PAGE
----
When I look at the world I see numerous interconnected issues facing these western, rich societies. I also see the impact rich western societies have on other societies and cultures. In particular I see:
- A glaring inequality between rich and poor, which is steadily widening. Often too, the “middle class” is being stretched in between.
- The marginalisation of indigenous cultures and experiences.
- The threat of climate change.
- Rampant consumerism that threatens to divert us from who we are.
- Minorities (people with disability, gays, homeless, unemployed) treated with indifference.
- The concentration of economic and political decision-making into the hands of a small elite.
- The extinction at an alarming rate of plants and animals.
- Our sources of information and news being controlled by fewer and fewer transnational corporations.
- The coming of Peak Oil and all that entails.
That is why I use the pronouns we, us, our: Because we are mostly responsible and the solution to many of these issues lies in our hands and minds. We must stop, we must slow down, we must become generous, we must be mindful of our impact on our fellow human beings and upon the earth. The point is not that any one of us is responsible but we collectively share a responsibility.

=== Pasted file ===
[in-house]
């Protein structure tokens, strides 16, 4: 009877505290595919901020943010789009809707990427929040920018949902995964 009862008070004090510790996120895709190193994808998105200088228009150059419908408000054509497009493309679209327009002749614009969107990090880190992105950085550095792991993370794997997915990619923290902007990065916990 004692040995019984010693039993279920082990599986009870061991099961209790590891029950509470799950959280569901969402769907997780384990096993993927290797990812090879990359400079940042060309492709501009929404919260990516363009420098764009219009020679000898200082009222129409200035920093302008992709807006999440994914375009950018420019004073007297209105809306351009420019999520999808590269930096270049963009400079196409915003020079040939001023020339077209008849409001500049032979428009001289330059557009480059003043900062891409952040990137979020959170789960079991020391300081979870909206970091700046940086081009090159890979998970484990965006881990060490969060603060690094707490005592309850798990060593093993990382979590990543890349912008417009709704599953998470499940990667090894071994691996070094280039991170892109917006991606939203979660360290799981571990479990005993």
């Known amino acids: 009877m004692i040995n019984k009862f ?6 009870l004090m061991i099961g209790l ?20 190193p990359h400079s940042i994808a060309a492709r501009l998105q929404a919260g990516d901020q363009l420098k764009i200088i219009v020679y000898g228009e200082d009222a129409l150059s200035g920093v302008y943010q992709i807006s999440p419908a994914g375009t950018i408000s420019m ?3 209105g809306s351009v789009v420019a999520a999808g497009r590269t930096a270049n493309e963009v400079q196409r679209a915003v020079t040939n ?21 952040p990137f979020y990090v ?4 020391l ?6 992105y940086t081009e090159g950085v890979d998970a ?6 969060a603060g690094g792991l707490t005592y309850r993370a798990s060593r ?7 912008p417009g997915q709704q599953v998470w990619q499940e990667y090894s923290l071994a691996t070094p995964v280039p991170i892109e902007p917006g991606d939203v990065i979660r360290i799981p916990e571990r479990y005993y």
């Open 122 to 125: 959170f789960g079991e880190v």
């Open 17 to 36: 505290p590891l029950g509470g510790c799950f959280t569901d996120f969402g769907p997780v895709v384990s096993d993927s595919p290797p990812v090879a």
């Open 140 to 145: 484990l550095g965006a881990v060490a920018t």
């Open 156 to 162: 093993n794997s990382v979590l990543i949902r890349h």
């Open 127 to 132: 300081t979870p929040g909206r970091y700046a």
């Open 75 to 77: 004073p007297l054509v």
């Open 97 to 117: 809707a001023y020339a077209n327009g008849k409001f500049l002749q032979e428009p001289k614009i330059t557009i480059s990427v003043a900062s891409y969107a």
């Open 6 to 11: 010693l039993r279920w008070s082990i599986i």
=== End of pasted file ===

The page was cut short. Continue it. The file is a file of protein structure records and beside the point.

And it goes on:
David Loy, the Buddhist scholar and writer, has coined the term wego to describe the collective ego that inhabits western, rich societies. It is a useful concept. Loy describes wego as a “deluded sense of the collective self” which sets up an us versus them collective identity. This wego is never satisfied; not rich enough, not powerful enough, not big enough. In order to satisfy this longing for more we put ourselves in conflict with others – human and non-human.
It is, says Loy, this feeling of never being satisfied that is at the core of many of the world’s problems. Thus, to tackle these problems we need to look into our own sense of self – individual and collective. We must discover our ego and our collective wego. That, asserts Loy, is a spiritual* journey.
* Note that Loy uses the term spiritual – not the term religious.